Minnesota’s DWI court program focuses on eliminating repeat DWI/DUI offenses to protect Minnesotans from the dangers of drunk driving. Programs like this have been shown to effectively reduce recidivism and jail time for repeat offenders.
Currently, Minnesota has 16 DWI or hybrid DWI/drug courts with the two largest in Ramsey and Hennepin counties. Other courts are located primarily in rural counties; however, proponents—including DWI court judges—hope ongoing legislative funding will enable these specialty courts to expand across the state. According to Sixth Judicial District Chief Judge Shaun Floerike—who runs Duluth’s DWI court—having no DWI court options typically means an automatic trip to prison.
How DWI courts work
Briefly, DWI courts work to change the behavior of repeat DWI/DUI offenders with the threat of incarceration if they fail the diversion program. Treatment and frequent alcohol and drug testing are combined with constant contact with probation officers, behavioral therapists, driver’s license reinstatement programs. Participants are closely monitored by a judge who is part of a team comprised of prosecutors, defense attorneys, probation officers, therapists, and other criminal justice system actors. Graduation typically occurs after at least one year in the program.
DWI court populations differ from other drug courts. For example, whereas DWI courts have a higher percentage of white males who are employed with a higher education, drug court participants more commonly are unemployed and have been diagnosed with a mental health issue.
DWI courts save money, reduce recidivism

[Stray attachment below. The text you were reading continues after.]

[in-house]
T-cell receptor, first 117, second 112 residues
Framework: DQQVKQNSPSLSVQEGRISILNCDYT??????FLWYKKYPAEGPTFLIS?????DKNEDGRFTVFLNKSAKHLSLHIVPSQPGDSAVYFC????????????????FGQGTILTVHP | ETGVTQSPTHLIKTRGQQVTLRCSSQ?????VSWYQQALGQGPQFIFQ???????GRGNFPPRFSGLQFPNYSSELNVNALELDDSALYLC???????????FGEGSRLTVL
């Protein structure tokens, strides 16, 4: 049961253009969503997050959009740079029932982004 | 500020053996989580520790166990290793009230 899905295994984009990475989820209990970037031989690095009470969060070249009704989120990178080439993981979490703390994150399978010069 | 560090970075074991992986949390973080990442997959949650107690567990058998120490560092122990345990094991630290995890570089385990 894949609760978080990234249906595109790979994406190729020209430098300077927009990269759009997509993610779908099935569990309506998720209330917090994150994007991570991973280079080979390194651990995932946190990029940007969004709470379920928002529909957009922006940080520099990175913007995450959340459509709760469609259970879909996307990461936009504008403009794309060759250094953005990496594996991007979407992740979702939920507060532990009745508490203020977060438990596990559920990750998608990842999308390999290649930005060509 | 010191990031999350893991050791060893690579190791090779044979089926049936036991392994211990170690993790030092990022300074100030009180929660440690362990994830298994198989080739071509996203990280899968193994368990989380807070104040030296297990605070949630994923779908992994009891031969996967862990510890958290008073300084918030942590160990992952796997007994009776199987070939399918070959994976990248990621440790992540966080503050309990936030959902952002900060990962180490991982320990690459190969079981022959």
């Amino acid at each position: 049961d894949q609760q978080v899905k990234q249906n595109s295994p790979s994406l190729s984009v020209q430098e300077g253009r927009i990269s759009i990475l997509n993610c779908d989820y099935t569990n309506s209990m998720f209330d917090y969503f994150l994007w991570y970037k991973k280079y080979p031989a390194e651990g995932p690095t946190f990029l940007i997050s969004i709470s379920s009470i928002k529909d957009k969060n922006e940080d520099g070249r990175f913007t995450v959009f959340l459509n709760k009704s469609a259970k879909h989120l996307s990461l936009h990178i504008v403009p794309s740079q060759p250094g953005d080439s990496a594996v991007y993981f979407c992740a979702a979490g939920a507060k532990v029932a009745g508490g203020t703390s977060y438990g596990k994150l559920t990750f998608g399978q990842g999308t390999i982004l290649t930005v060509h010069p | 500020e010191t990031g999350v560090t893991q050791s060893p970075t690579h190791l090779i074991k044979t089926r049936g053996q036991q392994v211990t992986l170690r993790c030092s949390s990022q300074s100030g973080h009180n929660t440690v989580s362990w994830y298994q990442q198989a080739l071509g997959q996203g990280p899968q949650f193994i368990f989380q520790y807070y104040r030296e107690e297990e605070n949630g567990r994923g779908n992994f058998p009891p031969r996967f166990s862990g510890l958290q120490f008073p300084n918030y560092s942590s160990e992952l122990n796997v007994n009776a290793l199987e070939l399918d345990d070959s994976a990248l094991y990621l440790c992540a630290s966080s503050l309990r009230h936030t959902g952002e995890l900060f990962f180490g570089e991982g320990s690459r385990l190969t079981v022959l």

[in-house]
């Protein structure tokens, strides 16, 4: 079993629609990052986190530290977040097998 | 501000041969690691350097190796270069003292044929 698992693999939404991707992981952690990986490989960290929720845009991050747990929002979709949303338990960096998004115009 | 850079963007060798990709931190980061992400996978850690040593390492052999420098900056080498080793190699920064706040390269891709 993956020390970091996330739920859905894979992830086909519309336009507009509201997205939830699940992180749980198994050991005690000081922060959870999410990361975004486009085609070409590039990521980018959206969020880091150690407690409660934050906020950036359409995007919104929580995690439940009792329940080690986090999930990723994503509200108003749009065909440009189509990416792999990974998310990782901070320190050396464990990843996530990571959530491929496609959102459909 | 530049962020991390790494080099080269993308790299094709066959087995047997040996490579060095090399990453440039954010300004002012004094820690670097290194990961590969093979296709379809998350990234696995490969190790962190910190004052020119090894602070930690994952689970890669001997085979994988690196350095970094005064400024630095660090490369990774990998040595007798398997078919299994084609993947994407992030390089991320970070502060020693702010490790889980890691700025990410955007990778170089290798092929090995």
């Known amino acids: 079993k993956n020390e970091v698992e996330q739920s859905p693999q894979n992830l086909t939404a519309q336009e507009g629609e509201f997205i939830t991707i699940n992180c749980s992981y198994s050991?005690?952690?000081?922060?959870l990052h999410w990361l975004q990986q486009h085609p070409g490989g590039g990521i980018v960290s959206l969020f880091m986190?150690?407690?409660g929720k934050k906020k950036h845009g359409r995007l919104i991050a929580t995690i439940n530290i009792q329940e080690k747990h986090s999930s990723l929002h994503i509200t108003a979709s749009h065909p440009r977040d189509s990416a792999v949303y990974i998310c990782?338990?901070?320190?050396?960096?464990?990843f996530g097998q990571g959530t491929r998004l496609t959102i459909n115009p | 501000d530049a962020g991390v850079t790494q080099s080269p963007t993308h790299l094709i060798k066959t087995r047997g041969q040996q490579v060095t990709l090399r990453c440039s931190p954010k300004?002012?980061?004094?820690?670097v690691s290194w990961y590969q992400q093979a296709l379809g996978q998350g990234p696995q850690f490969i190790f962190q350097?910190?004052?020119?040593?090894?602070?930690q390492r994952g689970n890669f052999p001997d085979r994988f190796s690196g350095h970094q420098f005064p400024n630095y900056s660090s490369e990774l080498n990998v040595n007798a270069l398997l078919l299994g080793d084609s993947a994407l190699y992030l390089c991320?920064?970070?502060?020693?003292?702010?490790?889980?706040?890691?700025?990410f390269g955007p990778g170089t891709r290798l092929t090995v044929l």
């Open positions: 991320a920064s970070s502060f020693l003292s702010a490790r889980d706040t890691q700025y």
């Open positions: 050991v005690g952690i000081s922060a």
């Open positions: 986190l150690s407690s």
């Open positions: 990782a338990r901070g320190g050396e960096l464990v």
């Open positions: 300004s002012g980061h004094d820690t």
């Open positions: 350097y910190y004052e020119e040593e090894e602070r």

According to a 2014 report by the state’s Office of Traffic Safety that was funded by the National Highway Traffic Safety Administration (NHTSA), Minnesota saved over $1.4 million over two years when DWI offenders participated in DWI court-related programs. Not only do these courts save taxpayers money, they also reduce recidivism rates.
The study contained the largest pool of data sets ever examined in this context. Whereas two courts didn’t have adequate data, the other seven had at least four years’ worth of offender information.
The study demonstrated that the re-arrest rates for graduates of Minnesota’s DWI courts evaluated dropped dramatically when compared with offenders who went through traditional courts. Further, Minnesota’s overall graduation rates were also well above the national average.
The study also showed that the money saved by using DWI courts in lieu of traditional courts ranged from $1,694 to $11,386 per participant over two years. Other intangible savings include improved family and community relationships, greater public safety, decreases in healthcare expenses, and that DWI court participants continue to work and pay taxes.
Whereas these courts are voluntary, offenders must qualify in order to participate. The study underscored areas that could still improve such as rural transportation problems for participants, improving defense attorney involvement, and getting offenders into the program in a timely manner.
Possible funding cuts to DWI courts
Across the state, DWI courts are at risk for funding cuts. State legislators and Governor Mark Dayton have been at odds in agreeing on a budget for many of the state’s efforts, including DWI and other diversionary courts. In fact, Dayton has threatened to veto several measures if this impasse isn’t resolved soon.
Dayton has asked for $1.7 million annually to fund Minnesota’s specialty courts including DWI courts; however, the state legislature proposed a mere $100,000 according to a recent report published in Minnesota Lawyer. Dayton’s budget proposal fulfills the Minnesota Judicial Branch’s budget request for 2018-2019.
Minnesota Supreme Court speaks out
Minnesota Supreme Court Chief Justice Lorie Gildea argues that the legislature’s “failure to prioritize public safety and the justice system in this critical budget-setting process is deeply troubling” and that the proposed legislative budget would have “significant consequences” for the state’s justice system, primarily with respect to a shortage of judges amidst rising caseloads.
In Minnesota, the DWI court program has reduced recidivism nearly 70 percent. Additionally, program completion rates were well above the national average.